MoodSurfing

The Bipolar Disorder Workbook
Gateway Psychiatric Services is delighted to announce the release of our latest book, The Bipolar Disorder Workbook from Callisto Media. The Workbook is intended to be of use to those who are just beginning to think bipolar may be an issue for them as well as those who have been journeying with bipolar for a longer time. It is also useful for family members and others who want to be of help to someone with confirmed or suspected bipolar. Beginning with a section on definitions and an explanation of the diagnostic process, the workbook proceeds through a series of structured exercises that help the user gain understanding of the various possible diagnoses and treatment options. Focusing primarily on Bipolar II ... Read More
What is Biofeedback?  -  Nancy
Biofeedback is a stress management technique that uses devices that give you information about your body’s physiologic response to stress. The idea is to provide you with information that would ordinarily be outside of your conscious awareness, such as your body temperature, blood pressure, or heart rate.  Generally, there are three stages of biofeedback: Developing increased awareness of the body function through use of a device to monitor it Learning how to control it the body function Learning how to control the function without access to the feedback device In recent years, research has focused on Heart Rate Variability (HRV), which is a measure of how your pulse speeds up or slows down over time.  Traditionally, medical practitioners have measured ... Read More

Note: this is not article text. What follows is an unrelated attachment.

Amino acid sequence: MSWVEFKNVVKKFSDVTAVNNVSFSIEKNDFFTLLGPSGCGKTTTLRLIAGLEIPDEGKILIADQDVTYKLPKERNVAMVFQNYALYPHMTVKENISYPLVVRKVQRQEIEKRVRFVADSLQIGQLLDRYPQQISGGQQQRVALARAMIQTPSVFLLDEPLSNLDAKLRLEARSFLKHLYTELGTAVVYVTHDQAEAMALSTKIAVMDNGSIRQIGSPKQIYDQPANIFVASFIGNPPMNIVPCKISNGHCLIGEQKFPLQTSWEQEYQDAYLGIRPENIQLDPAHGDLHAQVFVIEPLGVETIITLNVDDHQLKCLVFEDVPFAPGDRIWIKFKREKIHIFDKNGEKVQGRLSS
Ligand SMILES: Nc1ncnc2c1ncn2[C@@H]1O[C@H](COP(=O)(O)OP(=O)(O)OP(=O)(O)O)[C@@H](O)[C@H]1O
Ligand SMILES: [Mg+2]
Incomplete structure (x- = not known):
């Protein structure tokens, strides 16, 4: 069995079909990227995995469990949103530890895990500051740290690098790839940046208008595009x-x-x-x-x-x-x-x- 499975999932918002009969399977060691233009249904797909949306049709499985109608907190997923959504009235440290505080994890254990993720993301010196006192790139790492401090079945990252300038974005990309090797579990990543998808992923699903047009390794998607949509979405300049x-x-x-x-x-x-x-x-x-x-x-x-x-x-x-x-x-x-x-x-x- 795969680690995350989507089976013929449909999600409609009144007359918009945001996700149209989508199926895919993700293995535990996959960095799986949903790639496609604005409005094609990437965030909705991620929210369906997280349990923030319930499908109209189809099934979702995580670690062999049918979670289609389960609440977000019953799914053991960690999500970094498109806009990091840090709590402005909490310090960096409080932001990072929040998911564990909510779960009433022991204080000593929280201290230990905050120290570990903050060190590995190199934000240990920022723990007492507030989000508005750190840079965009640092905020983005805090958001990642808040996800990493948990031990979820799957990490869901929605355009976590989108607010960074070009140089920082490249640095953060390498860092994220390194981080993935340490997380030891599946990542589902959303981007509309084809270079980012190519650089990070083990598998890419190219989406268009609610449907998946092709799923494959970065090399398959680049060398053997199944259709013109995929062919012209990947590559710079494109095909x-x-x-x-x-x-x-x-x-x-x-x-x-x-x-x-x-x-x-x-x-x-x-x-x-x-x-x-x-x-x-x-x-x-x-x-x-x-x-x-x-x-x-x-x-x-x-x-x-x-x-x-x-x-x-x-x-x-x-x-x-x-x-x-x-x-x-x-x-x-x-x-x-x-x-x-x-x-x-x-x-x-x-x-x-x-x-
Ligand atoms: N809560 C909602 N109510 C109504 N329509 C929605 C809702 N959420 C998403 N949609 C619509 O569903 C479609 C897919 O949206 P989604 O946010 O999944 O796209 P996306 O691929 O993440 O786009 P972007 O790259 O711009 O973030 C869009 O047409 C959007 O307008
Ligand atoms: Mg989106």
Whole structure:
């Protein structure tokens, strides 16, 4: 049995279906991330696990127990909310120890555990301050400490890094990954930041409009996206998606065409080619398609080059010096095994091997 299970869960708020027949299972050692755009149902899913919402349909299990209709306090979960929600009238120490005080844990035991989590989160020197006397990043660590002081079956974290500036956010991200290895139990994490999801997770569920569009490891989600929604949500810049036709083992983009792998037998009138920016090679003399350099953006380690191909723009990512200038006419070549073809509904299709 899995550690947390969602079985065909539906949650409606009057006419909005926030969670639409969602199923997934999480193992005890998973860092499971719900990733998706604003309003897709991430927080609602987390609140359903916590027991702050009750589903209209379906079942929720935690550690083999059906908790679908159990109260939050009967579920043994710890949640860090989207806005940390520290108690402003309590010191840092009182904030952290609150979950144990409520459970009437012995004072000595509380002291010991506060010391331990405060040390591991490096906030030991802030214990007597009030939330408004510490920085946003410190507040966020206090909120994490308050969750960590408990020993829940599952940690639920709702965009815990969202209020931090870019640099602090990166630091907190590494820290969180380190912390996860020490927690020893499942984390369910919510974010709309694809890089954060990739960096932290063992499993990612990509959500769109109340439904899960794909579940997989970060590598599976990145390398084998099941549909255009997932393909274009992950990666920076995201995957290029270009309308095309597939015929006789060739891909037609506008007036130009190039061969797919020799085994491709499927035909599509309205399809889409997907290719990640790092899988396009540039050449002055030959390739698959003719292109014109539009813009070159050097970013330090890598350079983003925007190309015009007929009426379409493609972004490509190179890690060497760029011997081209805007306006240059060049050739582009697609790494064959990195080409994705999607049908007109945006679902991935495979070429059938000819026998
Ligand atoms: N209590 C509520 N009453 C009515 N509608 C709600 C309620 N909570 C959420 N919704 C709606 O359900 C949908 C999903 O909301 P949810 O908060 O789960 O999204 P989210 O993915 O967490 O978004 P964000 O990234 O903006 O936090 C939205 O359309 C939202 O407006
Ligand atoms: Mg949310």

At the Crossroads of Anxiety and Bipolar  -  Nancy
Anxiety and panic attacks are some of the “comorbidities” (concurrently occurring disorders) that folks with bipolar have to contend with.  Another concern is the complicated relationship between bipolar and post-traumatic stress disorder. Social anxiety is often found in conjunction with bipolar.  Although many people think bipolar is characterized by the extraverted and friendly attitude often experienced during hypomanic episodes, the reality is that many people with bipolar also struggle with social anxiety.  Partly because of disruptions in social relationships that can often occur with bipolar, and partly perhaps due to a feeling of shame or stigma about mental illness, anxiety can be a significant burden.  Discussing your anxious feelings openly with a therapist, and other members of your support network ... Read More
recognizing depression